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Tetrapod Zoology

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    Darren Naish Darren Naish is a science writer, technical editor and palaeozoologist (affiliated with the University of Southampton, UK). He mostly works on Cretaceous dinosaurs and pterosaurs but has an avid interest in all things tetrapod. His publications can be downloaded at He has been blogging at Tetrapod Zoology since 2006. Check out the Tet Zoo podcast at! Follow on Twitter @TetZoo.
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  • Passerines from the peripheries (part IV): Christmas edition… ROBINS!

    Tame European robin, encountered in Wales in April 2013. Photo by Darren Naish.

    It’s time to wind things down for Christmas, so what better way to do it than to write a short article about robins. And here I mean the ‘original’ or ‘proper’ robin – the European robin Erithacus rubecula – a Eurasian passerine that also occurs in northern Africa and is (conventionally) regarded as the only [...]

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    The 300th article at Tet Zoo ver 3 is very weird

    This is going to be an unusual article for a blog called 'Tetrapod Zoology'. Read on...

    Welcome to the 300th article to be published here at Tet Zoo ver 3 (note: not at Tet Zoo as a whole). I feel that this momentous occasion should be marked in some way, so here we are. The 200th article – if you’re interested – was published in September 2013 and mostly consisted of [...]

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    Confrontational behaviour and bipedality in deer

    Harangued moose turns to face human aggressors and make them regret their pursuit. Photo by Janis Powell.

    I’ve said it before and I’ll say it again: one of the most familiar and frequently encountered of mammal groups (at least, to those of us in Eurasia and parts of the Americas) – DEER – are weird and fascinating when you get to know them. The whole antler thing is bizarre, but the behavioural [...]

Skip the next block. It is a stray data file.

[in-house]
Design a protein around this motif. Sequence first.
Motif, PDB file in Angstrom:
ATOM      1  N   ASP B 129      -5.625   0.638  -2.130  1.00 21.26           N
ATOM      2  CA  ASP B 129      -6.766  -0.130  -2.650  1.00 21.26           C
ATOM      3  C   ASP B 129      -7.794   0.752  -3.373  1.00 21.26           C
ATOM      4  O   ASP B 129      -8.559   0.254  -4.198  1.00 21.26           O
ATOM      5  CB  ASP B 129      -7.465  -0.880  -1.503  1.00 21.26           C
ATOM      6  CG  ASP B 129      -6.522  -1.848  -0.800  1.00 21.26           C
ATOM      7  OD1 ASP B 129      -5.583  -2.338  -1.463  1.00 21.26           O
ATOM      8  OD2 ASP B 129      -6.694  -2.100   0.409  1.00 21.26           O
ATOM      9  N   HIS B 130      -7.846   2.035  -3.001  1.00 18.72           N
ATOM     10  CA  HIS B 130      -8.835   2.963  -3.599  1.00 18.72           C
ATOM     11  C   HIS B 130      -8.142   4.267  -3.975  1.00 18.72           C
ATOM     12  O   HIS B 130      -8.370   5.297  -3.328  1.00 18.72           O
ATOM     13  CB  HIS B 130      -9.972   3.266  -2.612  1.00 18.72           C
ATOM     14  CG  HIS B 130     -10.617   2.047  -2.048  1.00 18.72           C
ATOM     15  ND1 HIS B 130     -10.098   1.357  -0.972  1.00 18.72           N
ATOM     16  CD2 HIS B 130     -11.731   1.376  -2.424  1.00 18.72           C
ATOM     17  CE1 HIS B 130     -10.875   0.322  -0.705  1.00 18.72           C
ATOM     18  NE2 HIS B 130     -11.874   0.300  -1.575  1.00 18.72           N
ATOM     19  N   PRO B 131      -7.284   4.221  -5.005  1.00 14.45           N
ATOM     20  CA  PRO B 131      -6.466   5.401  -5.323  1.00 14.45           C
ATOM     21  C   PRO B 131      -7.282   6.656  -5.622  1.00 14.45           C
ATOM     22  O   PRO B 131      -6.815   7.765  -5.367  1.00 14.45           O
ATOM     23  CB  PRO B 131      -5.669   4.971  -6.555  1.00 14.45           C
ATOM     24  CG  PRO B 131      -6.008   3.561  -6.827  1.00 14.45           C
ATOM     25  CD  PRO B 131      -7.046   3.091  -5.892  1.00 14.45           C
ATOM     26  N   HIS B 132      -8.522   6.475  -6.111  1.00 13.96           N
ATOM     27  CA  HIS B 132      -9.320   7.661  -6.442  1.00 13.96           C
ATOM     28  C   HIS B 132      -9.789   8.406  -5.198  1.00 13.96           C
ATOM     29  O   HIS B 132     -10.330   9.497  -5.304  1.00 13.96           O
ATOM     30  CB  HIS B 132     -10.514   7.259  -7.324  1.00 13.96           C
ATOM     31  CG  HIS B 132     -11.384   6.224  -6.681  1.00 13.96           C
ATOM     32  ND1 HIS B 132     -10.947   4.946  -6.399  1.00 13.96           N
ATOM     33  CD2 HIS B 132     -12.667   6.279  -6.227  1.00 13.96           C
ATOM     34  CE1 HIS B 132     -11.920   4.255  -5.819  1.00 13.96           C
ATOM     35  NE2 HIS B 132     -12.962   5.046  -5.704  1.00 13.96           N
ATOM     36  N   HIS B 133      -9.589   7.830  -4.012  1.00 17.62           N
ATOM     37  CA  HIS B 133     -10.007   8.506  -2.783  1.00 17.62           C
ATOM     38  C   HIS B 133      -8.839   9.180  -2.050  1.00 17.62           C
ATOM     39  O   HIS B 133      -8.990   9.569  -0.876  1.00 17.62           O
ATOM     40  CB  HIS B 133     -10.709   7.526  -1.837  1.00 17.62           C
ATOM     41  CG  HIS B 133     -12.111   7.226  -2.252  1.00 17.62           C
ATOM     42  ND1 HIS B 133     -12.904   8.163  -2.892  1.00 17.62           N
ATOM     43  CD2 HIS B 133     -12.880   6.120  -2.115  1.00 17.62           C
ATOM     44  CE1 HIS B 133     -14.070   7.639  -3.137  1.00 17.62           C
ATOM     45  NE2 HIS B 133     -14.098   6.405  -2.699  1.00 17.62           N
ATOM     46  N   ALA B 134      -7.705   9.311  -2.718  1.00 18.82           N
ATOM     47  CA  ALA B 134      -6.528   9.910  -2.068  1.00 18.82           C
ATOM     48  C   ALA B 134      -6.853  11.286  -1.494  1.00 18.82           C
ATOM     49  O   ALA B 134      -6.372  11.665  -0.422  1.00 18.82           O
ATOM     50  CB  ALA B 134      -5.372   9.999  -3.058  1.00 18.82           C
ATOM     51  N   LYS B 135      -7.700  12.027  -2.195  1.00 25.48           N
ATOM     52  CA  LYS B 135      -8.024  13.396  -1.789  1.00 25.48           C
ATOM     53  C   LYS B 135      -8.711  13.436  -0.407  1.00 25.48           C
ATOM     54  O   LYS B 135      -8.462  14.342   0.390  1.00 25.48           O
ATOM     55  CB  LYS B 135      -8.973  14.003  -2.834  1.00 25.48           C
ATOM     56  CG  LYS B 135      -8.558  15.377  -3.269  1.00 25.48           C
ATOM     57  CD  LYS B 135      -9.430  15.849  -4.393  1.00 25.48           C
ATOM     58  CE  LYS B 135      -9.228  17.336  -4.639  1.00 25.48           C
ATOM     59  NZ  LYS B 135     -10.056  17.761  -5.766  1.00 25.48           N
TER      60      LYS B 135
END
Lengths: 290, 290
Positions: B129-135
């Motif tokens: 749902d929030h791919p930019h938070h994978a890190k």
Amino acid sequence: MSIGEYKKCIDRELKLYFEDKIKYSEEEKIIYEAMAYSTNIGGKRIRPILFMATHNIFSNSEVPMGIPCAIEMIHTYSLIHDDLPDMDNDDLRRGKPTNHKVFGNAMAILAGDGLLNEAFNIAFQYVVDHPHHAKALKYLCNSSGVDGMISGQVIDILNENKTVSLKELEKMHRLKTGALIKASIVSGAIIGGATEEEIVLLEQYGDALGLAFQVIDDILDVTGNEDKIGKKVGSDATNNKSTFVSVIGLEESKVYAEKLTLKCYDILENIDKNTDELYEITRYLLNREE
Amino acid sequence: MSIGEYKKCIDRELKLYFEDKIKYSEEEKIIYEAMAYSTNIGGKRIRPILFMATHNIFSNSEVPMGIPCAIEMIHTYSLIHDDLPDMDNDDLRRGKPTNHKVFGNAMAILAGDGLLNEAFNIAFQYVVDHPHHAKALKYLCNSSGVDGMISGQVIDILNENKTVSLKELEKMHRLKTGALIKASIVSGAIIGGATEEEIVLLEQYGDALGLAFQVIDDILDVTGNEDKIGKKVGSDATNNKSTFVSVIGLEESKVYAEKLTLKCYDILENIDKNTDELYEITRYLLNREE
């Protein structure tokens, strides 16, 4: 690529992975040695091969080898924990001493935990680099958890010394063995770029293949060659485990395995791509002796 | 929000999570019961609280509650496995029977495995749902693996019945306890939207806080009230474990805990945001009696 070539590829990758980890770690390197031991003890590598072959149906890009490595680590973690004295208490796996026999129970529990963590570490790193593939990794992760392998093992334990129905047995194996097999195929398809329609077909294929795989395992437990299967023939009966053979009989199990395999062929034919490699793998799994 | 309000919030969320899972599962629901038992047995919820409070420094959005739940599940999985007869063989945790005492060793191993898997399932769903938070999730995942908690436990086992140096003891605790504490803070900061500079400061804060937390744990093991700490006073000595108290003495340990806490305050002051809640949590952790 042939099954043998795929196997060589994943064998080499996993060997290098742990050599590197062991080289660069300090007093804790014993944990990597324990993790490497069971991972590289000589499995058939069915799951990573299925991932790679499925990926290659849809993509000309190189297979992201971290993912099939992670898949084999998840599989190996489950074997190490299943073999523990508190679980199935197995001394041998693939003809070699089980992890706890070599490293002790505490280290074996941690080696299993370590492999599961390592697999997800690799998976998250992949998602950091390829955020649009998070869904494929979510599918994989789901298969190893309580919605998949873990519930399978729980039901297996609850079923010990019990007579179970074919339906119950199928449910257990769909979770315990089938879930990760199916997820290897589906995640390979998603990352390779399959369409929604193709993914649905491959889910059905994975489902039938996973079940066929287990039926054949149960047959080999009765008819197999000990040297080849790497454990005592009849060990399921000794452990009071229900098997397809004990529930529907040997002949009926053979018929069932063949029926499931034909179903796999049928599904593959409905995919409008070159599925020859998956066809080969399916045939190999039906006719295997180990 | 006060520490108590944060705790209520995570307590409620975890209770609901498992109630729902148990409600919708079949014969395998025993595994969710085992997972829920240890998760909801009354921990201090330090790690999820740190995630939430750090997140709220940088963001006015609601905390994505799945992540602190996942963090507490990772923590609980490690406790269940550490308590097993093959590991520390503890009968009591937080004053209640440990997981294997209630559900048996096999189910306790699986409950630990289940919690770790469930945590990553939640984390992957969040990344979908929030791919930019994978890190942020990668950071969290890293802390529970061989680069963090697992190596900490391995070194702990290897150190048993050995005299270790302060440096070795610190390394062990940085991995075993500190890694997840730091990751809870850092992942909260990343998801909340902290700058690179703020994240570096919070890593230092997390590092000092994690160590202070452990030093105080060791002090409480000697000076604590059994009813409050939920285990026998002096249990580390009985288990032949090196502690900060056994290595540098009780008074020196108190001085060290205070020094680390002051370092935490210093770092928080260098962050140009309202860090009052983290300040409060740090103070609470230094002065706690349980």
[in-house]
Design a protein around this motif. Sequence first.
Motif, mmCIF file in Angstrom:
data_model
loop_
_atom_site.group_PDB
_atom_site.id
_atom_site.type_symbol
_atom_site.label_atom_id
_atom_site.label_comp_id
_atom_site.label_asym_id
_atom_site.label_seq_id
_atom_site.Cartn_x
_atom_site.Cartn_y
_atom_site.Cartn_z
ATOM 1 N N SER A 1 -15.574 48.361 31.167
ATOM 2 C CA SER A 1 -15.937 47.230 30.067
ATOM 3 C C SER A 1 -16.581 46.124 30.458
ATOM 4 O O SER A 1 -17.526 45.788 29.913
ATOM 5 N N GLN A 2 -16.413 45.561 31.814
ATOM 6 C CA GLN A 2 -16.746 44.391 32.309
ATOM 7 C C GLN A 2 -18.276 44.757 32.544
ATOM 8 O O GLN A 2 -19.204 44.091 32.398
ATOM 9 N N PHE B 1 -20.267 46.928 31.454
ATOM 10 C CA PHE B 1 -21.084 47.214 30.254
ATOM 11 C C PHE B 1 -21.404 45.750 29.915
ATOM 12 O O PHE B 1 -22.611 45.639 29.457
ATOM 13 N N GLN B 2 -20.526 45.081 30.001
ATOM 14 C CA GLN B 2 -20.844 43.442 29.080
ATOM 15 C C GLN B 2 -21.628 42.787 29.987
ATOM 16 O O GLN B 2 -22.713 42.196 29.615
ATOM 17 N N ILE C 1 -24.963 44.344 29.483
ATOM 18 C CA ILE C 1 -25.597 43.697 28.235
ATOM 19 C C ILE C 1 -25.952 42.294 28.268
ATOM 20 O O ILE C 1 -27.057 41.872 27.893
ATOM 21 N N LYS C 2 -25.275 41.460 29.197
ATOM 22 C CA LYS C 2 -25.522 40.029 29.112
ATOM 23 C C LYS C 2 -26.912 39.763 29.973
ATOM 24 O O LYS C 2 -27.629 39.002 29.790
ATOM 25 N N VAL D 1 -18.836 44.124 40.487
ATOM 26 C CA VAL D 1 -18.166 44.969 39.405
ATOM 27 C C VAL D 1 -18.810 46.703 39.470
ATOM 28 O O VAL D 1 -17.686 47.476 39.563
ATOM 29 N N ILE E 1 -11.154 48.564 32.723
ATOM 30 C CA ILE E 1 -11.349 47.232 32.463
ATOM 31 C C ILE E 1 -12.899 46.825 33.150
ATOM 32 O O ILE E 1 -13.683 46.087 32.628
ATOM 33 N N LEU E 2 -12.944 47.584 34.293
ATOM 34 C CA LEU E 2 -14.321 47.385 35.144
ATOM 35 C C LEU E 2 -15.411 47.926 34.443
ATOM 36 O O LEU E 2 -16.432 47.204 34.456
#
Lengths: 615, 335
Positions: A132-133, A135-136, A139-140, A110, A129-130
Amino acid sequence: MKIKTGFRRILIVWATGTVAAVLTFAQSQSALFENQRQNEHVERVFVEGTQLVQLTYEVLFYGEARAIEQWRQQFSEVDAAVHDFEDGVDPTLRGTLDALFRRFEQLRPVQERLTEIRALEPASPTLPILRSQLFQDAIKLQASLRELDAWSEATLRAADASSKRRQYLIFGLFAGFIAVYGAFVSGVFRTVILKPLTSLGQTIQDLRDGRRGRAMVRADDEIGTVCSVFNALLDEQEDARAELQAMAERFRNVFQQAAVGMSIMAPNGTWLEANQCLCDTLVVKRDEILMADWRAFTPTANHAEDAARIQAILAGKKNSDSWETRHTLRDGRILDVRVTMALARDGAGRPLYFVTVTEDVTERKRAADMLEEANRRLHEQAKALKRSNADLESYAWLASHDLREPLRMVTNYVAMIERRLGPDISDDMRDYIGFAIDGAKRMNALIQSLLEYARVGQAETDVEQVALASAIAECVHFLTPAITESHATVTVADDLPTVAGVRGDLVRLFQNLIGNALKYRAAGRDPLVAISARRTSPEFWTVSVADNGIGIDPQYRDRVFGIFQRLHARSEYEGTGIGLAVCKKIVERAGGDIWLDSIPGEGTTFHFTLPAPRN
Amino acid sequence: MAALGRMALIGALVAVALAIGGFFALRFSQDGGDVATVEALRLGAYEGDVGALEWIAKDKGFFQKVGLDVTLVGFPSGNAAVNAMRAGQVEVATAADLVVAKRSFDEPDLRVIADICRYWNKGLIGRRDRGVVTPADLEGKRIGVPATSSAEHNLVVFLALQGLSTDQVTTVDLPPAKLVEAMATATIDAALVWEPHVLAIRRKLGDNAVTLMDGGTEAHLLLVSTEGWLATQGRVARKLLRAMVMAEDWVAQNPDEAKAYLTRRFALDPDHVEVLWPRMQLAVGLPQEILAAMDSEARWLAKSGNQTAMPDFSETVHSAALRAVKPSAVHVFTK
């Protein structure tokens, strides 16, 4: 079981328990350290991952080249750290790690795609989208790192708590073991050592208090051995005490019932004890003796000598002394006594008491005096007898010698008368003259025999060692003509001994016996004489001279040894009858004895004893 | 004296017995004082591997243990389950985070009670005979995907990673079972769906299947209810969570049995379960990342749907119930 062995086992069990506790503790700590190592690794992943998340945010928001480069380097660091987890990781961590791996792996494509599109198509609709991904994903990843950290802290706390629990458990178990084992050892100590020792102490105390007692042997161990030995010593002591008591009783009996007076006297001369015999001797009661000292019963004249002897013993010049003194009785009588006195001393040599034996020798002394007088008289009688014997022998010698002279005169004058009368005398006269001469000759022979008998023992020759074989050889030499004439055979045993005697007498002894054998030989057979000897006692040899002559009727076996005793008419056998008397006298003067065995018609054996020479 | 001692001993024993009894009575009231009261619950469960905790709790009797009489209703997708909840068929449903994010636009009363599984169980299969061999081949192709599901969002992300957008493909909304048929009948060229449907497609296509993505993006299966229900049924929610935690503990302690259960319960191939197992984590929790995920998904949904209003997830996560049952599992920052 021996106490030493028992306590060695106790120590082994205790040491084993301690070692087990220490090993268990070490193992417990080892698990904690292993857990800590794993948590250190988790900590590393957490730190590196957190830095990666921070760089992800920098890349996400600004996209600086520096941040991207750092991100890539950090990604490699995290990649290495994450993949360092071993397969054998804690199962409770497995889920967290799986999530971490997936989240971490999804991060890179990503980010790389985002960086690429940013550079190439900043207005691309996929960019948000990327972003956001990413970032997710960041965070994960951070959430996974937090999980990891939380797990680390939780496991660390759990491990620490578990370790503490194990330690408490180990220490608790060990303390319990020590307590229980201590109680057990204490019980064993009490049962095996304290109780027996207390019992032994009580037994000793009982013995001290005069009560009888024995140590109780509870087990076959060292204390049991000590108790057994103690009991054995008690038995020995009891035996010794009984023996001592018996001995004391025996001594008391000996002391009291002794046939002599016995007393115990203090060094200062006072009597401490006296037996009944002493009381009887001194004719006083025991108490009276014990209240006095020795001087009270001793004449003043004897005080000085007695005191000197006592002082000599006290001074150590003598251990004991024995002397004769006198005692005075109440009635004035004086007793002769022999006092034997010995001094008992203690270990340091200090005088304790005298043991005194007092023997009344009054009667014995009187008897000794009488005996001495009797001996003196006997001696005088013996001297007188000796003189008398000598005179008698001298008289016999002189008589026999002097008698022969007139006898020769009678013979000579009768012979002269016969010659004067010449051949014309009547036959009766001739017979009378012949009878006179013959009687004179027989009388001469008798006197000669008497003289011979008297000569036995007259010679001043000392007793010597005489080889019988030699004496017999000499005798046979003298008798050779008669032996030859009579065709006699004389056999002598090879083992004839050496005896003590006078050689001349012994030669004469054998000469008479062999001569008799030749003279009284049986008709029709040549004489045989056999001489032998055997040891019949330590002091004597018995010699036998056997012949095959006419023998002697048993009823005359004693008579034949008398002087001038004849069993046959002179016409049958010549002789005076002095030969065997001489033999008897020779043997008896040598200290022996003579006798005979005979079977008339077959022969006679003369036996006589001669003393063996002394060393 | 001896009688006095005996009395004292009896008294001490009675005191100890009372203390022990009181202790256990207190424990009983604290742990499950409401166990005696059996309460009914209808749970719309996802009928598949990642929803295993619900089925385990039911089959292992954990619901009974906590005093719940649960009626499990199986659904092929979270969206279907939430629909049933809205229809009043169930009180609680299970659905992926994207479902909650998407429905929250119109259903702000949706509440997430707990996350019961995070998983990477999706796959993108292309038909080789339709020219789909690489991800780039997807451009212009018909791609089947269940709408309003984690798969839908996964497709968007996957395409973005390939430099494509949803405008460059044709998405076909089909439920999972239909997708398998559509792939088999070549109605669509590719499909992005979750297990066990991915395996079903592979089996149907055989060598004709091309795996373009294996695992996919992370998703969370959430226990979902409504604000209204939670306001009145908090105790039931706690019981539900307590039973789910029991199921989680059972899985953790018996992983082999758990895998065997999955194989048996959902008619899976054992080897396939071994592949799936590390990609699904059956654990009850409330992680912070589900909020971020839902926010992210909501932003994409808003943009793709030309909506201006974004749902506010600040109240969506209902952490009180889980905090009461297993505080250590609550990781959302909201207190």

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    African tree toads, smalltongue toads, four-digit toads, red-backed toads: yes, a whole load of obscure African toads

    Highly simplified phylogeny for Bufonidae with some of the main evolutionary and biogeographical events marked at appropriate places. Based predominantly on Van Bocxlaer et al. (2010). Atelopus by Giovanni Alberto Chaves Portilla CC BY-SA-2.5, Rhaebo by Brian Gratwicke CC-BY-SA-2.0, Anaxyrus by LA Dawson CC BY-SA 2.5, Rhinella by Froggydarb CC BY-SA-3.0, Mertensophryne by Vladimir Dinets, used with permission, Bufo s. s. by Kruczy89 CC BY-SA 3.0, Bufotes by Richard Bartz CC BY-SA 3.0, Ansonia by Thomas Brown CC BY-SA 2.0, Duttaphrynus by L. Shyamal CC BY-SA 2.5.

    Long-time Tet Zoo readers will be familiar with the long-running series on the toads of the world. It’s been running intermittently since October 2009 and is something like 50% published. Much of the text has been written but it’s the getting-hold of usable images of the relevant species that forms the main obstacle to completion. [...]

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    South America’s very many remarkable deer

    Fine specimen of South Andean huemul. Photo by Ricardo Hevia Kaluf, CC BY-SA 3.0.